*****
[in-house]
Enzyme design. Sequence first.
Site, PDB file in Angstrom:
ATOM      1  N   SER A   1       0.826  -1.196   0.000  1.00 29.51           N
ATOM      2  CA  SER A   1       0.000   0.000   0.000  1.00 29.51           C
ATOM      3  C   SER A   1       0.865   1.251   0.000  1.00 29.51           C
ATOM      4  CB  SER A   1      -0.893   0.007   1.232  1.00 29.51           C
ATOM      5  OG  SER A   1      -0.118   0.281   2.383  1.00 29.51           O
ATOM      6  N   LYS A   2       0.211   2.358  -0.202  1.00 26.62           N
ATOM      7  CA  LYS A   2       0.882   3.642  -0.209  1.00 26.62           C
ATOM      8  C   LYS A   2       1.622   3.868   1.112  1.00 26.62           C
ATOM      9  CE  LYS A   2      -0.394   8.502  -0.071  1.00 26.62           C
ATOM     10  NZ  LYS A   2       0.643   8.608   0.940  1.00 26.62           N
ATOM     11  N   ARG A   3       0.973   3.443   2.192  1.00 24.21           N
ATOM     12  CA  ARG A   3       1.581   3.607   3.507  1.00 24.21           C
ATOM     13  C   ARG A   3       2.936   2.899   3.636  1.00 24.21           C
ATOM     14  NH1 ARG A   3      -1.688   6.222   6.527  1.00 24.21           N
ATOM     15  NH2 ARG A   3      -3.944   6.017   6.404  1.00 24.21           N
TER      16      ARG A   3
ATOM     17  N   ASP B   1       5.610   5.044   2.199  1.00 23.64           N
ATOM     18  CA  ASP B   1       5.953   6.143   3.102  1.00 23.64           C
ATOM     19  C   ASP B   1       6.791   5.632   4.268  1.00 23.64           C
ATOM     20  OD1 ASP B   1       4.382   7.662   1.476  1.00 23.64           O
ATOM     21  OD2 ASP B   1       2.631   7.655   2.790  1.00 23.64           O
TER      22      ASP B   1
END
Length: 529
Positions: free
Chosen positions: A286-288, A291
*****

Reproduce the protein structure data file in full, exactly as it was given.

[in-house]
Enzyme design. Sequence first.
Site, PDB file in Angstrom:
ATOM      1  N   SER A   1       0.826  -1.196   0.000  1.00 29.51           N
ATOM      2  CA  SER A   1       0.000   0.000   0.000  1.00 29.51           C
ATOM      3  C   SER A   1       0.865   1.251   0.000  1.00 29.51           C
ATOM      4  CB  SER A   1      -0.893   0.007   1.232  1.00 29.51           C
ATOM      5  OG  SER A   1      -0.118   0.281   2.383  1.00 29.51           O
ATOM      6  N   LYS A   2       0.211   2.358  -0.202  1.00 26.62           N
ATOM      7  CA  LYS A   2       0.882   3.642  -0.209  1.00 26.62           C
ATOM      8  C   LYS A   2       1.622   3.868   1.112  1.00 26.62           C
ATOM      9  CE  LYS A   2      -0.394   8.502  -0.071  1.00 26.62           C
ATOM     10  NZ  LYS A   2       0.643   8.608   0.940  1.00 26.62           N
ATOM     11  N   ARG A   3       0.973   3.443   2.192  1.00 24.21           N
ATOM     12  CA  ARG A   3       1.581   3.607   3.507  1.00 24.21           C
ATOM     13  C   ARG A   3       2.936   2.899   3.636  1.00 24.21           C
ATOM     14  NH1 ARG A   3      -1.688   6.222   6.527  1.00 24.21           N
ATOM     15  NH2 ARG A   3      -3.944   6.017   6.404  1.00 24.21           N
TER      16      ARG A   3
ATOM     17  N   ASP B   1       5.610   5.044   2.199  1.00 23.64           N
ATOM     18  CA  ASP B   1       5.953   6.143   3.102  1.00 23.64           C
ATOM     19  C   ASP B   1       6.791   5.632   4.268  1.00 23.64           C
ATOM     20  OD1 ASP B   1       4.382   7.662   1.476  1.00 23.64           O
ATOM     21  OD2 ASP B   1       2.631   7.655   2.790  1.00 23.64           O
TER      22      ASP B   1
END
Length: 529
Positions: free
Chosen positions: A286-288, A291